Denying OTC Access to Plan B Disproportionately Affects Latina Teens

3:25 pm in Uncategorized by RH Reality Check

Written by Jessica Gonzalez-Rojas for RH Reality Check. This diary is cross-posted; commenters wishing to engage directly with the author should do so at the original post.

See all our coverage of the Administration’s 2011 Emergency Contraception Reversal here.

This article was changed at 12:05 pm on Tuesday, December 13th.  The original mis-identified the author. It is Jessica Gonzales-Rojas. We apologize for the error.

Last month a ten-year-old girl in Puebla, Mexico gave birth, via c-section, to a premature infant. The girl says her stepfather raped her repeatedly. She only spoke out about the abuse after she gave birth when the glare of public attention gave her some measure of safety. Her stepfather immediately disappeared. This story has received wide attention in the Spanish language press and has sparked anger across Latin America.

I immediately thought of the girl from Puebla last week when President Obama expressed concern that an 11-year-old might go to a drugstore and purchase emergency contraception along with “bubble gum and batteries” because the drug could “have an adverse effect.” The image of a young child casually purchasing birth control was used to describe the “common sense” reasoning behind his administration’s refusal to allow the FDA to make emergency birth control available to young women below the age of seventeen. President Obama invoked the image of his daughters when discussing the drug store scenario, but I imagined the girl from Puebla, standing at the checkout counter with birth control, bubble gum and batteries in her hands. The profound injustice of her life brought me to tears, and the trivialization of her situation, as if girls at age ten would be purchasing birth control with the same weight that they would purchase the bubble gum, is enraging.

Whether President Obama was compelled to weave the bubble gum narrative for political gain or because it truly reflects his thinking, the result is the same. Complex sexual health issues get overly simplified, society focuses on stigma more than solution, and young people are left with policy decisions that don’t begin to match the weight of their lived experiences nor keep them “safe.”

What is repeatedly lacking in our narratives about adolescent sexual health is a human rights perspective. If our society were to seriously contemplate how to help children who are victims of sexual abuse, it would not be to make birth control access harder for teens. This tunnel vision ignores the complex social factors that foster abusive environments, and ignores the dignity and justice that every child deserves.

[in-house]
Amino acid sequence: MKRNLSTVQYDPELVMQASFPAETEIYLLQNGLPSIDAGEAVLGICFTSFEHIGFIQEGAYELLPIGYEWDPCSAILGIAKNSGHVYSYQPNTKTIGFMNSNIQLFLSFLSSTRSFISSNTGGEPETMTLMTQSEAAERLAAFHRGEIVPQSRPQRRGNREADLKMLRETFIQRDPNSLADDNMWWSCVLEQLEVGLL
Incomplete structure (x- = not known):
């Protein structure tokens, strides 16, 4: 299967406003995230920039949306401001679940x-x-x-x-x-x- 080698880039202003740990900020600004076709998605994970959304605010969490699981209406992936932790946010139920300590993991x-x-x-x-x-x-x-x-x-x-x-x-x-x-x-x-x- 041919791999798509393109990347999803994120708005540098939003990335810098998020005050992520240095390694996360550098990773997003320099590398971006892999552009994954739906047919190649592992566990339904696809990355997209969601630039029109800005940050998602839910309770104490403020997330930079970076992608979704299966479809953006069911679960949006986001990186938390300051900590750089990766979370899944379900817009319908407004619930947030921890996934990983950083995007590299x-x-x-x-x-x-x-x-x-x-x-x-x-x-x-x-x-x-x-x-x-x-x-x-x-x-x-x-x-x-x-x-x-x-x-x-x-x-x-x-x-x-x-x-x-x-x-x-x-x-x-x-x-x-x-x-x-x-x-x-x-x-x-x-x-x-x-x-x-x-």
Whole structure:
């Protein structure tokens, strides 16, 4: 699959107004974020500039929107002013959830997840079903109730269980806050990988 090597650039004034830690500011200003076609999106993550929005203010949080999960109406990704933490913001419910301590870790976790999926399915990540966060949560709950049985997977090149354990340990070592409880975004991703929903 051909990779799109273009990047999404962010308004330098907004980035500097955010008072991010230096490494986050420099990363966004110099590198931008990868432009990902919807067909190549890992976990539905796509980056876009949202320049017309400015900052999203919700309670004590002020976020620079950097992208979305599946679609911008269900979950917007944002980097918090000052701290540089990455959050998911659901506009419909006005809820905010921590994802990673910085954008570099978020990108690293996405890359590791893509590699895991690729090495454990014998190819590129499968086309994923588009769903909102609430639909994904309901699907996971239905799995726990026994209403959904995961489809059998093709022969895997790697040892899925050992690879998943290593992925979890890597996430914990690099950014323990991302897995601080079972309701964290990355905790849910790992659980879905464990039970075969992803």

A real discussion about emergency contraception would focus on addressing the real needs of teens. Yet due to the structural barriers that our politicians and healthcare industry have erected, most Latina teens will not realistically be given this last chance to prevent an unintended pregnancy. More than any other racial or ethnic group, Latinas lack health insurance and their households struggle economically. Teens without health insurance or money will need to seek out a healthcare provider to write a prescription, collect the $50 for the co-payment to fill the prescription, and to take the pills within three days of unprotected intercourse. Furthermore, Latina teens that encounter additional barriers due to their immigration status or limited English-language proficiency are even more isolated. No one reasonably believes this is a recipe for success.

There has always been strong political interference in FDA rule making about emergency contraception. Politicians simply can’t let scientists and public health experts do what’s best for our young people. That’s why years ago the National Latina Institute for Reproductive Health was a plaintiff in a federal lawsuit (Tummino v. Hamburg), which resulted in the court directing the FDA to make emergency contraception available to teens age seventeen and above. And that’s why today our lawyers from the Center for Reproductive Rights will be back in federal court fighting against the continued political interference in healthcare access for younger teens.

War, Death and Mamas

7:06 am in Uncategorized by RH Reality Check

Written by Lisa Russ for RHRealityCheck.org – News, commentary and community for reproductive health and justice.

This commentary is part of a Mama’s Day series by Strong Families, published in partnership with RH Reality Check in our Mother’s Day 2011 series.  Follow Strong Families on Facebook and Twitter.